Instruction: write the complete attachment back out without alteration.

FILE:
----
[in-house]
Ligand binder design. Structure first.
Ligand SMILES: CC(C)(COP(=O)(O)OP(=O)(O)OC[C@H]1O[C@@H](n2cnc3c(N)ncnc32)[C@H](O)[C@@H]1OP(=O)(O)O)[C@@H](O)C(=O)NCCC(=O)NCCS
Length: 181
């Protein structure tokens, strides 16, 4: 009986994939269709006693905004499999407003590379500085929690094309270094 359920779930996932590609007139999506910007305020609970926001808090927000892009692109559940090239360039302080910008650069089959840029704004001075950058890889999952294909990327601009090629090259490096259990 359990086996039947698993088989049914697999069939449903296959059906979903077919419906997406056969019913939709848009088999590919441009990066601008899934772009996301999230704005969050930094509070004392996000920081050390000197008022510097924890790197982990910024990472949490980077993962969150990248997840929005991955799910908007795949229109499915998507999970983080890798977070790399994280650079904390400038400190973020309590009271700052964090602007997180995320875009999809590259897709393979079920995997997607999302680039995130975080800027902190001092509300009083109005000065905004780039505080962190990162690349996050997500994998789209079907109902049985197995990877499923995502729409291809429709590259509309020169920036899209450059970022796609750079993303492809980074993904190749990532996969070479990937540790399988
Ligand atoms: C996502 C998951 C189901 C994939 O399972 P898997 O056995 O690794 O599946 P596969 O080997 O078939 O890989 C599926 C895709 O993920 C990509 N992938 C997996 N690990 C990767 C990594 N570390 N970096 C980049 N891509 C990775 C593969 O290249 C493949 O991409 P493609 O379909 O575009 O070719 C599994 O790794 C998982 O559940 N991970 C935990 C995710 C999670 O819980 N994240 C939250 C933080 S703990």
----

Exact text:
[in-house]
Ligand binder design. Structure first.
Ligand SMILES: CC(C)(COP(=O)(O)OP(=O)(O)OC[C@H]1O[C@@H](n2cnc3c(N)ncnc32)[C@H](O)[C@@H]1OP(=O)(O)O)[C@@H](O)C(=O)NCCC(=O)NCCS
Length: 181
């Protein structure tokens, strides 16, 4: 009986994939269709006693905004499999407003590379500085929690094309270094 359920779930996932590609007139999506910007305020609970926001808090927000892009692109559940090239360039302080910008650069089959840029704004001075950058890889999952294909990327601009090629090259490096259990 359990086996039947698993088989049914697999069939449903296959059906979903077919419906997406056969019913939709848009088999590919441009990066601008899934772009996301999230704005969050930094509070004392996000920081050390000197008022510097924890790197982990910024990472949490980077993962969150990248997840929005991955799910908007795949229109499915998507999970983080890798977070790399994280650079904390400038400190973020309590009271700052964090602007997180995320875009999809590259897709393979079920995997997607999302680039995130975080800027902190001092509300009083109005000065905004780039505080962190990162690349996050997500994998789209079907109902049985197995990877499923995502729409291809429709590259509309020169920036899209450059970022796609750079993303492809980074993904190749990532996969070479990937540790399988
Ligand atoms: C996502 C998951 C189901 C994939 O399972 P898997 O056995 O690794 O599946 P596969 O080997 O078939 O890989 C599926 C895709 O993920 C990509 N992938 C997996 N690990 C990767 C990594 N570390 N970096 C980049 N891509 C990775 C593969 O290249 C493949 O991409 P493609 O379909 O575009 O070719 C599994 O790794 C998982 O559940 N991970 C935990 C995710 C999670 O819980 N994240 C939250 C933080 S703990």